With over a billion registered accounts (an increase of 10.2% in 2019) and close to $2 billion in  daily transactions, mobile money is expanding like never before. The GSMA State of the Industry Report on Mobile Money 2019 showcases 290 live services in 95 countries and 372 million active  accounts (an increase of 13.6% in 2019), highlighting that mobile money is entering the  mainstream in most markets where access to financial services is low. Mobile money services are  now available in 96% of the countries where less than a third of the population have an account at  a formal financial institution. 

2019 also witnessed a growth of 21.8% and 26% respectively in mobile money transaction volume  and value (USD), with the number of mobile money agent outlets almost tripling over the past five  years. The reach of a mobile money agent is now seven times that of ATMs and 20 times that of  bank branches. The GSMA’s Mobile Money team estimates that there will be 1.5 billion registered  mobile money accounts and 529 million active accounts by the end of 2025. 

To take the industry to the next level, the GSMA led the development of the Mobile Money  Certification, launched in 2018, to provide a comprehensive risk management and consumer  protection framework for mobile money services. To date, 13 leading mobile money providers have  become certified, providing safe and reliable services to 204 million registered customers globally. 

Regulation has a significant impact on mobile money adoption and usage, impacting the ease with which new customers can enroll, the range of services that can be offered, and the commercial and  operating environments for mobile money providers. The GSMA’s Mobile Money Regulatory  Index 2019 indicated an improvement in the regulatory environments of 32 countries (with Tunisia, Somalia and Argentina formalising mobile money regulations for the first time, followed by new regulatory framework in Singapore, PNG and Pakistan, among others).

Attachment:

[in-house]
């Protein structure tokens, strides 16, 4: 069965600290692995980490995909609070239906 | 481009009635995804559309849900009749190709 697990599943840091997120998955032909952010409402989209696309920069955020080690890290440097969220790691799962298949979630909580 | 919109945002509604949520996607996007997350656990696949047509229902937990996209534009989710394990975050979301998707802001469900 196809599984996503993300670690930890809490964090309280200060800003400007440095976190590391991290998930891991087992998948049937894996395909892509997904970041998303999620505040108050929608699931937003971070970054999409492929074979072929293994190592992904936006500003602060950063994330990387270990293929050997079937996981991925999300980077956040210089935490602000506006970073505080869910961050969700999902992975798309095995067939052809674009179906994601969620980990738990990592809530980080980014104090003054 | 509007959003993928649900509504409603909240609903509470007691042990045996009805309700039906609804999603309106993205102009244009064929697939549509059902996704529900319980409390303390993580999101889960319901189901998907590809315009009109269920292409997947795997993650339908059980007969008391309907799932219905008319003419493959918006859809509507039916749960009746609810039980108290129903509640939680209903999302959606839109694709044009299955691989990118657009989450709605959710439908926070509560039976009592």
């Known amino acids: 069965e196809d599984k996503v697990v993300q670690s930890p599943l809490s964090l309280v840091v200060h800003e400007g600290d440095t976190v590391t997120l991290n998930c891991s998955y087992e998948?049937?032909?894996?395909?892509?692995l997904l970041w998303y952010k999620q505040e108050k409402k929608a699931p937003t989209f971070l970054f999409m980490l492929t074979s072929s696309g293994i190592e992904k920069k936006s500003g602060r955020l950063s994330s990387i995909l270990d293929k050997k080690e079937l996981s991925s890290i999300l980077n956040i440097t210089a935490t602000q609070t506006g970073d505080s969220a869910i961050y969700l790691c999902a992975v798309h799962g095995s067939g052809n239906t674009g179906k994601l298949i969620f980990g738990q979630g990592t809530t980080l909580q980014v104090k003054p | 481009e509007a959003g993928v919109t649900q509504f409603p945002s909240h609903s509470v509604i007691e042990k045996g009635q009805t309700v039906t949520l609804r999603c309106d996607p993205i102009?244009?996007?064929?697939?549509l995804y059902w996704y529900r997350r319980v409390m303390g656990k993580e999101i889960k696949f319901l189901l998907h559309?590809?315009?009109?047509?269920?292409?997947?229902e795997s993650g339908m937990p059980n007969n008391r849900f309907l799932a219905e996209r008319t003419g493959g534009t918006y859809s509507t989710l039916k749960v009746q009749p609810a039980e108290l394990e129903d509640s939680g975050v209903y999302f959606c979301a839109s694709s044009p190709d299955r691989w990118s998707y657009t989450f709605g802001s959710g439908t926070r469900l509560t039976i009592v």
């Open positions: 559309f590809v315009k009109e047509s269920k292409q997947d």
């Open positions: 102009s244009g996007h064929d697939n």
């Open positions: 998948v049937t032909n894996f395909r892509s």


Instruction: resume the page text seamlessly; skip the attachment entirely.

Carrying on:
To drive financial inclusion through innovation, the GSMA Inclusive Tech Lab, that focuses on a  range of innovative areas developing and implementing technical solutions, launched updated harmonised mobile money APIs and a new platform to test mobile money interoperability

Mobile money is emerging as a powerful tool to deliver humanitarian assistance to the most  vulnerable in times of crisis. 60% of mobile money providers reported partnering with a humanitarian organisation to deliver mobile money-enabled cash and voucher assistance with digital cash assistance delivered to over 2.7 million unique mobile money accounts.

In these times of COVID-19 crisis, mobile money has proven to be an invaluable tool by facilitating safe and efficient money transfer and payment services. In order to shield the most vulnerable user segments, a number of mobile money providers went the extra mile to make digital financial services accessible to the under-served, for example: 

  • Some operators extended fee waivers to all transaction bands (e.g. Airtel Africa), and  others extended fee waivers to certain transaction types, such as utility bill payments (e.g.  Orange Senegal).  
  • KCB Bank and Safaricom in Kenya have set aside funds for digital loans for the SME sector during the period of the pandemic.  
  • Wave Money committed to waiving all service fees for the disbursement of funds by non government organizations (NGOs) or other donors to people impacted by COVID-19. 
  • Airtel Payments Bank has waived all charges on cash withdrawal through instant money transfer as financial aid for its account holders during lockdown, alongside providing a free  insurance cover to its business correspondents (2).

Twenty-five mobile operators have made formal commitments to reduce the gender gap in their mobile money service customer base since 2016, as part of the GSMA Connected Women Commitment Initiative, driving an effort to accelerate financial inclusion for women across Africa, Asia and Latin America. In Bangladesh, Grameenphone’s GPAY app enables users to pay their utility bills and top up their SIM using their smartphone. Grameenphone realised that Bangladeshi  women are traditionally the bill payers in many households, but that they have lower literacy levels than men. Based on researching the needs of its female customers, Grameenphone revamped  the app to be more user-friendly and intuitive, which help helped drive a 7% increase in the  proportion of its female customers.